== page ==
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“Bite-Size Bits of Local, National, and Global History”
Orwell in Addison County, Vermont — The American Northeast (New England)
 

British Blockhouse - 1777

Mount Independence State Historic Site

 
 
British Blockhouse - 1777 Marker image. Click for full size.
By Bill Coughlin, July 12, 2008
1. British Blockhouse - 1777 Marker
Inscription.
“Blockhouses, none of them finished.” -
Lt. John Starke, Royal Navy, September 1777


After the British captured Mount Independence on July 6, 1777, their military engineers decided to build six new blockhouses to augment American-built defenses on the southeast and southern land exposures in anticipation of potential American attacks. Three were nearly completed. The new British blockhouses supported the log and stone breastworks from 1776, the two blockhouses built in February 1777, and the three stone artillery batteries built in late June.

This is the 20 by 24 foot stone foundation of one of the three British blockhouses. They were smaller in size than the American blockhouses, but also were two stories tall and constructed of squared timbers on a dry-laid stone foundation. The central fireplace probably had a double hearth with a large brick chimney. According to a 1777 map, the British blockhouses had two cannon with a guard of 56 British and German soldiers. One German stated the “3 newly constructed blockhouses were all provided with cannon.”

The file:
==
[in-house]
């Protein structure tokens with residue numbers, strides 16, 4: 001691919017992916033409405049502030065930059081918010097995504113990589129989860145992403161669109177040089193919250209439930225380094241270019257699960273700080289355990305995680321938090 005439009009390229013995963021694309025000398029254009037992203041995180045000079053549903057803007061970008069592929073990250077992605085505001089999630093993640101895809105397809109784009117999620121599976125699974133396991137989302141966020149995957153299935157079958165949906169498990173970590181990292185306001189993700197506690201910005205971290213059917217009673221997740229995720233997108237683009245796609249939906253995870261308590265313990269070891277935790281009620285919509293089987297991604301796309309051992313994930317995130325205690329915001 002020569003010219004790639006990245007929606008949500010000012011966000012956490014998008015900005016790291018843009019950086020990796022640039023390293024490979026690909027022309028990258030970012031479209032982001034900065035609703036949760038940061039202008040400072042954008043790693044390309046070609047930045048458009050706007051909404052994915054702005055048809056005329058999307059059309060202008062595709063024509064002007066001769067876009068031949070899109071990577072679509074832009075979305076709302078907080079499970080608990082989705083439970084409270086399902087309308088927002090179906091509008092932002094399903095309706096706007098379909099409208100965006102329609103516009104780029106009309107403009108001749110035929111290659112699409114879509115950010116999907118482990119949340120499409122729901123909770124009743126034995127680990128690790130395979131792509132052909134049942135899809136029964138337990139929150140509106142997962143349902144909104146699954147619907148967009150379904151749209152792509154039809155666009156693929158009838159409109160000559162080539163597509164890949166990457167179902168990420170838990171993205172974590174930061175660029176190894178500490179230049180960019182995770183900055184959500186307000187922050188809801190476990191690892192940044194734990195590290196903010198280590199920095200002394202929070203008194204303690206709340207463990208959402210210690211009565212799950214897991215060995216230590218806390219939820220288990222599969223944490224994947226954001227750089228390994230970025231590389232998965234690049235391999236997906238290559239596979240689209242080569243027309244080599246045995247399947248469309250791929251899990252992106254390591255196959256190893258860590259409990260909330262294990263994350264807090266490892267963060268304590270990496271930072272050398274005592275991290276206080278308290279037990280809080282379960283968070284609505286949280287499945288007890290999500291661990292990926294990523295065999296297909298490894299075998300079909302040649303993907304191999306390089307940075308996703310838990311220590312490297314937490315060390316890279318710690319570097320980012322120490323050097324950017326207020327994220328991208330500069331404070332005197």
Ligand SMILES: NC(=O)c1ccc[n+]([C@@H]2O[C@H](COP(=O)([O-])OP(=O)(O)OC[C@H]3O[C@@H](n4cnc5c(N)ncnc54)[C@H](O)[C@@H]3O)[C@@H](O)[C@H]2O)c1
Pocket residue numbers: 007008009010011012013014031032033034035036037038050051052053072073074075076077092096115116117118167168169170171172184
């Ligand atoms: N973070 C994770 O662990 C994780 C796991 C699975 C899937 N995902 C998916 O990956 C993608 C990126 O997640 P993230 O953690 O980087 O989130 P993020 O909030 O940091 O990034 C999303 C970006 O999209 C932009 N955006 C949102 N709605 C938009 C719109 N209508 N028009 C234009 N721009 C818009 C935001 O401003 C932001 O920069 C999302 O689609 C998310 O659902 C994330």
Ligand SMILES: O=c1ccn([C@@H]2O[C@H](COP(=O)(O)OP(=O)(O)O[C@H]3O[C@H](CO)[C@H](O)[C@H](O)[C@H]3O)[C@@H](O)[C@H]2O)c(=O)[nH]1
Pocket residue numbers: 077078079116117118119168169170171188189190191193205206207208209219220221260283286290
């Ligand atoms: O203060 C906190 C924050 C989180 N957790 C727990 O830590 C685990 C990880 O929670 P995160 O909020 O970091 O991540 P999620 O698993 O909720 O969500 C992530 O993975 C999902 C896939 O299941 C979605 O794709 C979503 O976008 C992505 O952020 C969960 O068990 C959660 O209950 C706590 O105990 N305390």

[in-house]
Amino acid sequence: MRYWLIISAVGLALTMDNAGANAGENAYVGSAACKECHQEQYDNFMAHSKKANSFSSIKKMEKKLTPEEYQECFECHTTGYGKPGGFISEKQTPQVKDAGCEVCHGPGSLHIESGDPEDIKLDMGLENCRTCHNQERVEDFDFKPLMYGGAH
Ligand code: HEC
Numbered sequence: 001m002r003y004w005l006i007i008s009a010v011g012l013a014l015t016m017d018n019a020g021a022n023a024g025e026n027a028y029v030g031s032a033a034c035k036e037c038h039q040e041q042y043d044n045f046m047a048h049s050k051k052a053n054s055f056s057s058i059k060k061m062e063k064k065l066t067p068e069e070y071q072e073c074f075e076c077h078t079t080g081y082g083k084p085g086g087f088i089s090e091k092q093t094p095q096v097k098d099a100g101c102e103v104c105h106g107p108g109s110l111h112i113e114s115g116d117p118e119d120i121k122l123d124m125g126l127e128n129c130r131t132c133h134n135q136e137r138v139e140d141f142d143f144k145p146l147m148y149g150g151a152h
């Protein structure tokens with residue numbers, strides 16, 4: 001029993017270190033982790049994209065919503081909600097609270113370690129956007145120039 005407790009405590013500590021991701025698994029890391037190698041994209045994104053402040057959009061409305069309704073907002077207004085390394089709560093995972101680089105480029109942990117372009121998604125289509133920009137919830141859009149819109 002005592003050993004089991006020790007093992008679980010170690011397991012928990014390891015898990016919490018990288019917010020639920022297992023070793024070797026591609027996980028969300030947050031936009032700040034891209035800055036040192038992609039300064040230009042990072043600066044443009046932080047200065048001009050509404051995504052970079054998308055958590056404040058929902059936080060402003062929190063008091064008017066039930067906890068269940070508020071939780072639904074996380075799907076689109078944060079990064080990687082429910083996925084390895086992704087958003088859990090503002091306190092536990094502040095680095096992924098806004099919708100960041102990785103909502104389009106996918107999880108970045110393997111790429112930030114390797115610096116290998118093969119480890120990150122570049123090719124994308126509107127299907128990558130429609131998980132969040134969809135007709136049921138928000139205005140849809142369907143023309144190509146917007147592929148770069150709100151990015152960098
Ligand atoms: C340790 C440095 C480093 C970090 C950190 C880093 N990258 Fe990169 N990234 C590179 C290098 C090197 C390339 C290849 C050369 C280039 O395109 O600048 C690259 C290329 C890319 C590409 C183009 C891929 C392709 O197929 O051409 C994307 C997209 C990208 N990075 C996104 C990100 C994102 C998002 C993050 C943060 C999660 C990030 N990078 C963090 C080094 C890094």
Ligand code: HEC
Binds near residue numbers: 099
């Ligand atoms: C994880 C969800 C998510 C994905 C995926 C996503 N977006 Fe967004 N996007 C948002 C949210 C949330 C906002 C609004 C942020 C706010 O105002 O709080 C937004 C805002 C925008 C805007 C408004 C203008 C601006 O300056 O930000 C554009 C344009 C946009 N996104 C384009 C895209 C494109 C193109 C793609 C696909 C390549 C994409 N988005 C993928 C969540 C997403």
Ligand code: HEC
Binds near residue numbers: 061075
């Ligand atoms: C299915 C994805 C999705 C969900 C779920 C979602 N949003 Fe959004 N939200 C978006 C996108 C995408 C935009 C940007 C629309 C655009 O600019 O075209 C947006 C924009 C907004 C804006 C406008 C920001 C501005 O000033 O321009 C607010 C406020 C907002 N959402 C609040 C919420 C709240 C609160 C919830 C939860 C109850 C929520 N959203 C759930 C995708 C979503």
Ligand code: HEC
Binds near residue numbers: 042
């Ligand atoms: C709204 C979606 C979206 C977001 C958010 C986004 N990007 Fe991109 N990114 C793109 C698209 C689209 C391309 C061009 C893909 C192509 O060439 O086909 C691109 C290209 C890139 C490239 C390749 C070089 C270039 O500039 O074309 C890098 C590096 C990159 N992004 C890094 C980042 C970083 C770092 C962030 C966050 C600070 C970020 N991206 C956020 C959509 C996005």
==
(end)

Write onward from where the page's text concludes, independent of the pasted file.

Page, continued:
On September 18, 1777, when two American militia parties of 500 men each attacked Mount Independence and Fort Ticonderoga, the British garrison made use of their unfinished blockhouses and successfully repelled the
Marker on Mount Independence image. Click for full size.
By Bill Coughlin, July 12, 2008
2. Marker on Mount Independence
The marker is found along the 1.6 mile Baldwin Trail in Mount Independence State Historic Site.
American overland advance from the south. After this incursion members of the German Prinz Friedrich Regiment encamped in the vicinity to be closer to the lines if the Americans attacked again. The regiment supplied the necessary troops to man the blockhouse and the breastworks just below this location.

Though the Americans had insufficient numbers to regain their old defenses, the raid had its effect. British reinforcements from Canada destined for Lt. Gen. John Burgoyne to the south halted at Mount Independence to become part of the garrison there. When British Gen. Guy Carleton asked for artillerymen to be returned to Canada, Brig. Gen. Henry Watson Powell, commander at the Mount, responded on October 5, 1777 “It would be impossible to send any of the Artillery stationed here to Canada, there are so many Batteries and Block Houses, that they are not by any means capable to the duty expected of them.”

By late October construction of the new blockhouses was incomplete, although the buildings apparently were habitable. As the British evacuated on November 8, 1777, soldiers torched the structures. This stone foundation is a silent witness of their presence.

Respect our history. Take only photographs.
 
Erected by Mount Independence State Historic Site.
 
Location.